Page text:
iii) It followed that Cowley had no evidence to prove its case, and accordingly the claim should be dismissed.”

THE JUDGMENT ON APPEAL

 Mr Justice Arnold allowed the claimant’s appeal.
    1. It is unnecessary for me to consider much of the judge’s reasoning, because, as stated above, counsel agreed at the hearing of the appeal that that the appeal turned on a very narrow point.
    2. In paragraph 9 of her skeleton argument for the appeal counsel for Oxford stated:
“The parties were agreed that the D occupied the Premises on the same terms that Karting UK (‘KUK’) had occupied it in August 2011. The parties did not agree what those terms were or, indeed, who bore the burden of proof in respect of them.”
    1. In opening the appeal counsel for Cowley referred to this paragraph and stated that Cowley’s case was that the terms on which Oxford occupied the Old Tote Building and Karting Track were those set out in the 2007 Lease. He submitted that the burden lay on Oxford to establish any different terms, and that Oxford could not discharge that burden since it had called no evidence.
    2. Counsel for Oxford submitted that the burden lay on Cowley to establish the terms on which it relied, that it was not open to Cowley to shift the burden of proof onto Oxford and that Cowley could not discharge the burden on it since it had called no evidence.
    3. In those circumstances counsel agreed that the appeal turned on which party bore the burden of proof and whether that burden could be discharged without witness evidence, rather than upon the status of the documents included in the trial bundle.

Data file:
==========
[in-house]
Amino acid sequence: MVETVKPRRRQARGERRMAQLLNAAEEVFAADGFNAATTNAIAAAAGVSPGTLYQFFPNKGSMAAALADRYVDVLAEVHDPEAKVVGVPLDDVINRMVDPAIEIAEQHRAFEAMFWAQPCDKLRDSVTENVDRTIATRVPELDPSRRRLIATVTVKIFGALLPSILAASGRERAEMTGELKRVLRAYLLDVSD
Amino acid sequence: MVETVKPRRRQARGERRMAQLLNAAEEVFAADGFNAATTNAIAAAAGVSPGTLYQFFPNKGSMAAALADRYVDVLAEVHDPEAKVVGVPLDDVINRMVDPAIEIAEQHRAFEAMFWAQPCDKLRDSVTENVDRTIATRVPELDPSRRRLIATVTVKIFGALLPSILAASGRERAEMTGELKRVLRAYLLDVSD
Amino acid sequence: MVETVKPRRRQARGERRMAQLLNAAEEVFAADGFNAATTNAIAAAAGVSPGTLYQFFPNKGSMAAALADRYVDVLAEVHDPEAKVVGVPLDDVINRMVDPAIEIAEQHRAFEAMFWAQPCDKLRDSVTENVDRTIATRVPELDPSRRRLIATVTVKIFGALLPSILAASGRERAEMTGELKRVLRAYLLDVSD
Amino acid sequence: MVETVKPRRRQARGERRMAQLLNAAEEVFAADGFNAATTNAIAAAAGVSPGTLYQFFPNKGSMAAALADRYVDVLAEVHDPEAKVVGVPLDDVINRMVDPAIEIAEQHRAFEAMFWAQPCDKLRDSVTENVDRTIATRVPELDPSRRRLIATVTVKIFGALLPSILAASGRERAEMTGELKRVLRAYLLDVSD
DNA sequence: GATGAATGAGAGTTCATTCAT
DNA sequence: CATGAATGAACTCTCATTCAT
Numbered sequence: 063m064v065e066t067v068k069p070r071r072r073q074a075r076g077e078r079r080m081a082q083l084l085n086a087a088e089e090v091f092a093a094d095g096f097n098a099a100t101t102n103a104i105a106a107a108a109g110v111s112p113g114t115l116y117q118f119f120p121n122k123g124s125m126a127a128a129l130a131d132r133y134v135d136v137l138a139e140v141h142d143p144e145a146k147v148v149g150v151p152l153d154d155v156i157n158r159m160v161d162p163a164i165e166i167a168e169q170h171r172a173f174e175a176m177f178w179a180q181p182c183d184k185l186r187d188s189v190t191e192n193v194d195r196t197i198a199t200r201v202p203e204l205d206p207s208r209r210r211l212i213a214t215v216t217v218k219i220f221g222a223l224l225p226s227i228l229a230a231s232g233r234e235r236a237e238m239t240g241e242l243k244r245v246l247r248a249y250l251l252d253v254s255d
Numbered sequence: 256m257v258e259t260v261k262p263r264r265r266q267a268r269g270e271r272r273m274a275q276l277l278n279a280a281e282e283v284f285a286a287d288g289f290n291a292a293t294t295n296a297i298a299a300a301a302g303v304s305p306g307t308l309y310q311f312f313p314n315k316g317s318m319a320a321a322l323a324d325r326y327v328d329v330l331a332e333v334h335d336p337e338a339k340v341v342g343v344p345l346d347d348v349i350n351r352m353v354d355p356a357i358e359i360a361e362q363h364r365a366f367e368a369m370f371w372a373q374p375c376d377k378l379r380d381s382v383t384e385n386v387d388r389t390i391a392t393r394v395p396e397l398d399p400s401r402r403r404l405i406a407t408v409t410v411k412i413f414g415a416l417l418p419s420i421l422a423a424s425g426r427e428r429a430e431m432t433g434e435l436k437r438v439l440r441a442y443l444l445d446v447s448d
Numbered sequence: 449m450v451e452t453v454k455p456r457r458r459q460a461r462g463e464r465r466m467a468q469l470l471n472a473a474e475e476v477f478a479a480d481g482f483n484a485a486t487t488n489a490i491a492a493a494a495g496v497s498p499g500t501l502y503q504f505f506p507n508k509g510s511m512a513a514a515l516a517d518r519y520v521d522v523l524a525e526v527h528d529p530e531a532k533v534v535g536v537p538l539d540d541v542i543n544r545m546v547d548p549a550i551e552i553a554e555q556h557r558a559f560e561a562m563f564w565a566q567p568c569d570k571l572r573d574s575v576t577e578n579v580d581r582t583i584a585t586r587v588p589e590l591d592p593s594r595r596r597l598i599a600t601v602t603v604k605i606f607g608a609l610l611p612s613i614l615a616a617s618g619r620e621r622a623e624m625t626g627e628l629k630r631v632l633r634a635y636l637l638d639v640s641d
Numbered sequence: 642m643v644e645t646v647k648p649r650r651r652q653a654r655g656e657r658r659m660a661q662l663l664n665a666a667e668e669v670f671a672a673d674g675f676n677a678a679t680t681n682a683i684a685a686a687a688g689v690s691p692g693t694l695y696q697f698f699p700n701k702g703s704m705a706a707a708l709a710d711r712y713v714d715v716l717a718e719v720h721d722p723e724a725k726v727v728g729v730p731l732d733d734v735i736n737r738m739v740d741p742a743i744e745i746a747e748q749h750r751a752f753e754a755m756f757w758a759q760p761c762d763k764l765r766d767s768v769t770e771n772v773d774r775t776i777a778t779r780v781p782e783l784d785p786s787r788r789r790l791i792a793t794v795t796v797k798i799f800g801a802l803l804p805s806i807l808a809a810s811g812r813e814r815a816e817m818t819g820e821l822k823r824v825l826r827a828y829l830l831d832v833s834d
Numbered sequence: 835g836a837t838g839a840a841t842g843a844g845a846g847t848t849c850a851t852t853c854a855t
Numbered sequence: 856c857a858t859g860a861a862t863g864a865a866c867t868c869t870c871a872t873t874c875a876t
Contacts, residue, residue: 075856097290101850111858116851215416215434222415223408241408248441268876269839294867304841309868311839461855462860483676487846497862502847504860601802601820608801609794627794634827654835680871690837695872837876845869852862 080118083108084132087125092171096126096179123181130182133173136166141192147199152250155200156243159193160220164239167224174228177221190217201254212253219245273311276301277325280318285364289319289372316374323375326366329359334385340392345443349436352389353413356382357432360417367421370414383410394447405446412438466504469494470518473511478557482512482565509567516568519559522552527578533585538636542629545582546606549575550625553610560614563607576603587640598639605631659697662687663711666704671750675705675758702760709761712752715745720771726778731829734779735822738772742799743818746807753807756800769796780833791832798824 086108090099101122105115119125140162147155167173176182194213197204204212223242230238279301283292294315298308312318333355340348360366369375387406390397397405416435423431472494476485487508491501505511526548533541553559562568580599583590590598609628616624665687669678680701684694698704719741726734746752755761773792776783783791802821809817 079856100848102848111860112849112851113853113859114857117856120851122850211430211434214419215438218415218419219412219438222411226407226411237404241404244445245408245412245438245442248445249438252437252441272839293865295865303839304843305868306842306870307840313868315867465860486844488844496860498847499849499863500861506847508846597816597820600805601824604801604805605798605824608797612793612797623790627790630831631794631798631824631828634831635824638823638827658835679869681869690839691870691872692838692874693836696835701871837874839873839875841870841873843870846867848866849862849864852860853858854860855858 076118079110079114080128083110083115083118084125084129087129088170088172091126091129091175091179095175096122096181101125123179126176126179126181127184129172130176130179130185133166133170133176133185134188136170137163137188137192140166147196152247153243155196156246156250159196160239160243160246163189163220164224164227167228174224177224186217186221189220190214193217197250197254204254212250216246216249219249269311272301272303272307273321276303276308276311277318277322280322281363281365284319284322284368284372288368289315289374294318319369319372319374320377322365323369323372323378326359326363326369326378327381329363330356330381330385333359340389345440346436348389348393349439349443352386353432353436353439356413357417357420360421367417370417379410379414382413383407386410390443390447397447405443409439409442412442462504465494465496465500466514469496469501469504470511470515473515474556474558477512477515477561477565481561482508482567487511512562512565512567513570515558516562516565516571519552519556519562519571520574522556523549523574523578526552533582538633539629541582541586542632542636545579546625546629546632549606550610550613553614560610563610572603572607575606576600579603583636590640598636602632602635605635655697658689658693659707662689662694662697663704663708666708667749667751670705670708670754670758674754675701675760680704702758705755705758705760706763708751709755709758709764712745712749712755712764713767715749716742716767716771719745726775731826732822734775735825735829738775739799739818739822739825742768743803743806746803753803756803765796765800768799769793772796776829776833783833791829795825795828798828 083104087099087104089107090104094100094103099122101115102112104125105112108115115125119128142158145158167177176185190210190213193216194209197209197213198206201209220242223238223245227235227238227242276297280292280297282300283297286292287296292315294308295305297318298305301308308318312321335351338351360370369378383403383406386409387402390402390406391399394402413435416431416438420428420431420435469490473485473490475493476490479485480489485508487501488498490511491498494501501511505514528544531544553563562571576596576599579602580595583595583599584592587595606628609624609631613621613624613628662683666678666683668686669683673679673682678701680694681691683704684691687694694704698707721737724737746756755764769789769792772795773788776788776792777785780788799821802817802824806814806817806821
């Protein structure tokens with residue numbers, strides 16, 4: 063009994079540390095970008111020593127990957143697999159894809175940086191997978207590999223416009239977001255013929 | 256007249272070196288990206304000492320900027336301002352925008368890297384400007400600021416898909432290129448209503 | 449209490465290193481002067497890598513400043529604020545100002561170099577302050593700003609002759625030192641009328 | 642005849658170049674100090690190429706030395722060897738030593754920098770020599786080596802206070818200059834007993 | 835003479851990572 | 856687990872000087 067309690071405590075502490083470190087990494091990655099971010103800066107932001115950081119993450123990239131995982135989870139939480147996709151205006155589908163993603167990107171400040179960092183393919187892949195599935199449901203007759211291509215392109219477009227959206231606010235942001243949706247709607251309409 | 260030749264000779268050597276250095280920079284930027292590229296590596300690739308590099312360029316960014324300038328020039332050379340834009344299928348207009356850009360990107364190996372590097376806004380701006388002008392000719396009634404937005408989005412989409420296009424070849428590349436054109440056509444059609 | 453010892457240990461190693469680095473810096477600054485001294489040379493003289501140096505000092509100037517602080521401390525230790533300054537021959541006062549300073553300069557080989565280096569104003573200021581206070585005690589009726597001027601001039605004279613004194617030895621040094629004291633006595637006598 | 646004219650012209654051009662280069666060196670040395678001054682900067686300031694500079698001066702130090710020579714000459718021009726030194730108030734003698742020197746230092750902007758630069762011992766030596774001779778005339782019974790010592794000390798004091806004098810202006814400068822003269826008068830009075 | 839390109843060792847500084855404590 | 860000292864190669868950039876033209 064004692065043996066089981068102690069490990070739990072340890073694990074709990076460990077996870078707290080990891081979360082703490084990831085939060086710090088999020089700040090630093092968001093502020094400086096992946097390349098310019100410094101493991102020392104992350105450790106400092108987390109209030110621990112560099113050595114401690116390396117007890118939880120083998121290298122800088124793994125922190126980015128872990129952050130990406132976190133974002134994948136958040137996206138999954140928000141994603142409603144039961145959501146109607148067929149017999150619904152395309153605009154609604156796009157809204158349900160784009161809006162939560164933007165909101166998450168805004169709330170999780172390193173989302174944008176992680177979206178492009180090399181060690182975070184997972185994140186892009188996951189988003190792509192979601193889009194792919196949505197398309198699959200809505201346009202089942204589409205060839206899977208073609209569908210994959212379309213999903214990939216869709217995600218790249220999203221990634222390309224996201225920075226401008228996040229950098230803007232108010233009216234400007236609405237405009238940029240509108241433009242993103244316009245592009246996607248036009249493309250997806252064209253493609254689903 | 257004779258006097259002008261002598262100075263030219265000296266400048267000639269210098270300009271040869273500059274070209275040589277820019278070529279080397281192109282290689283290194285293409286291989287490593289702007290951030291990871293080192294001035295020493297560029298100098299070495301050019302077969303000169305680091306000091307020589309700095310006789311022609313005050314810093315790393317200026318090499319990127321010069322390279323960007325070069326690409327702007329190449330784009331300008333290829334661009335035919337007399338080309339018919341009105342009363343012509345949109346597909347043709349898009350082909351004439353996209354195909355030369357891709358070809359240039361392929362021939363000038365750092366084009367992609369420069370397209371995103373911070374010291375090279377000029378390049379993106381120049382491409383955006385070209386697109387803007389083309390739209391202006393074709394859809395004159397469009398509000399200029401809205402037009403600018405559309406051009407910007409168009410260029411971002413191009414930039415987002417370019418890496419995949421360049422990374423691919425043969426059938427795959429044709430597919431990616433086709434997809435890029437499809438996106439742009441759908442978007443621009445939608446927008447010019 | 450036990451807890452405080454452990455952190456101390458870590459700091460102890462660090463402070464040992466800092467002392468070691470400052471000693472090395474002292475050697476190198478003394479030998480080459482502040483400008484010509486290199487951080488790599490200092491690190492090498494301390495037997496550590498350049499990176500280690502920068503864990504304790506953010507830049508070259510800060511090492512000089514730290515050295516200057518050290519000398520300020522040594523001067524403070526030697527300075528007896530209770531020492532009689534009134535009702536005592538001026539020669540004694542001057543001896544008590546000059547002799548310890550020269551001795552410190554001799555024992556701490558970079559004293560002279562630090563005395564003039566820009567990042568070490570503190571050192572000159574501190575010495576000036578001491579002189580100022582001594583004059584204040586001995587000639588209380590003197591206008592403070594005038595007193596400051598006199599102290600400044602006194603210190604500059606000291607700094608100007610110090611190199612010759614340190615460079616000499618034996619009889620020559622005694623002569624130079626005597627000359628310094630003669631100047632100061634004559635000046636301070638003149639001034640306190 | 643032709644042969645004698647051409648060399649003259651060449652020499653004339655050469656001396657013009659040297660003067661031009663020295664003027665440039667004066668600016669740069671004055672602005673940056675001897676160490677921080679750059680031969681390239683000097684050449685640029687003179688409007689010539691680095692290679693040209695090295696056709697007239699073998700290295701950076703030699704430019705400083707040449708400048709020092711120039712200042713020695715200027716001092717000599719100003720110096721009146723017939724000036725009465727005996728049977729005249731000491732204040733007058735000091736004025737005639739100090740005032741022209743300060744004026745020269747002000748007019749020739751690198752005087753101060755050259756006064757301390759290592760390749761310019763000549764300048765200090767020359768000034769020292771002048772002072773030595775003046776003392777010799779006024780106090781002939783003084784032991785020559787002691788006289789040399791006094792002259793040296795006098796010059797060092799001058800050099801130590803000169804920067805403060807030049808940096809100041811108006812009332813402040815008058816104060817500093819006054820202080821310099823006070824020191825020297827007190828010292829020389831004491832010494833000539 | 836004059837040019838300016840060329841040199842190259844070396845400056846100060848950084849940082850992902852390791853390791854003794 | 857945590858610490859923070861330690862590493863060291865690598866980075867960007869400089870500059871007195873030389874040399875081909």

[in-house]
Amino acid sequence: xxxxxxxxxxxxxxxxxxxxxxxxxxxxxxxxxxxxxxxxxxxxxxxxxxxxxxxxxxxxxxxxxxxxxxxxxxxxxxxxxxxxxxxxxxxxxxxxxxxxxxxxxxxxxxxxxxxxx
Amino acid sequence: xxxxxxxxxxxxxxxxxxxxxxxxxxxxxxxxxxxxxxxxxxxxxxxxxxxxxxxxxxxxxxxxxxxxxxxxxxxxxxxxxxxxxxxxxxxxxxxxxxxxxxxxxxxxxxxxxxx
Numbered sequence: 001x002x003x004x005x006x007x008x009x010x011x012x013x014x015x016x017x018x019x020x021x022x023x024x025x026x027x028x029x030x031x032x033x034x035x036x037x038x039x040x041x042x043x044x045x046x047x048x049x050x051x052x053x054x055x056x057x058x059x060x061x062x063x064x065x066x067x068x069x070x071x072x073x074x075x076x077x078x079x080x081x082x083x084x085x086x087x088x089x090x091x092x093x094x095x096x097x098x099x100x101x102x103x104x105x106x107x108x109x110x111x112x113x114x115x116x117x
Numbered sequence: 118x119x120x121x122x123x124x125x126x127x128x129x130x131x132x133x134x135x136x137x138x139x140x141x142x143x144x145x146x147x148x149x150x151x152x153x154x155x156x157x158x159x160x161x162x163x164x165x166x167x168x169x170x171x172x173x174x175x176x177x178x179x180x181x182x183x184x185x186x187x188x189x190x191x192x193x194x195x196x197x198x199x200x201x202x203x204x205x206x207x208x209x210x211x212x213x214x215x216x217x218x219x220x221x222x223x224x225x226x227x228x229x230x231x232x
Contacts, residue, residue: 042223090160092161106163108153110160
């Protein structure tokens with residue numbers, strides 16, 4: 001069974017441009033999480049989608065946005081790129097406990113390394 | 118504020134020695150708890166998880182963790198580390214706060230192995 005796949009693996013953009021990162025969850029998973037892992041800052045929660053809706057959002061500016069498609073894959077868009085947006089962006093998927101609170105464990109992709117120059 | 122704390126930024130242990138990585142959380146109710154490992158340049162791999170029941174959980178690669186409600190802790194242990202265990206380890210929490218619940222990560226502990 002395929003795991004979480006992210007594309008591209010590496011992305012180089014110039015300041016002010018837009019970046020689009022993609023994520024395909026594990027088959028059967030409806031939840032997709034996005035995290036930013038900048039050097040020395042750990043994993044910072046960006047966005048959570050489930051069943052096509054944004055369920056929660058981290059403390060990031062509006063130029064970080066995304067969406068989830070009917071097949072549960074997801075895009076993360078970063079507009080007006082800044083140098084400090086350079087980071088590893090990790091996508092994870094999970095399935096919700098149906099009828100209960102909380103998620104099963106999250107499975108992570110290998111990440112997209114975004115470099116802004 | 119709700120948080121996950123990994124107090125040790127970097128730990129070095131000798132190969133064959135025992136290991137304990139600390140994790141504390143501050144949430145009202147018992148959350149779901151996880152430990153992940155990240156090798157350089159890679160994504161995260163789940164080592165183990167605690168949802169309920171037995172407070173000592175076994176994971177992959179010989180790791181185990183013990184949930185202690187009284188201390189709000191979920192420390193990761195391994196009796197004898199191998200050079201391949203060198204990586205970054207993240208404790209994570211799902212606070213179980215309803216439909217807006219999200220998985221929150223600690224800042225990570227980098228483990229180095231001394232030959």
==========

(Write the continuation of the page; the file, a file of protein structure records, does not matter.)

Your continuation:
Analysis
    1. Cowley’s case, as set out in paragraphs 1.3.1 and 1.3.2 of its Further Information, was that Oxford’s occupation of the Old Tote Building and the Karting Track was on the terms of the 2007 Lease. It follows that the burden lay on Cowley to prove that case. Oxford’s case, as set out in its Further Information, was that the terms of the 2007 Lease were varied. It follows that the burden lay on Oxford to prove that case.
    2. Accordingly, the decisive question is whether either party was able to discharge the burden upon it without any witness evidence. Since the hearing was a trial, the fact that the parties’ statements of case were verified by statements of truth did not mean that the parties could rely upon those statements as evidence: see CPR rule 32.6(2). But what each party could rely upon was admissions made by the other, since facts which are admitted do not have to be proved. (Indeed, in an appropriate case, a party may obtain judgment on admissions: see CPR rule 14.3.)
    3. In my judgment Cowley was able to discharge the burden upon it without any witness evidence for the following reasons: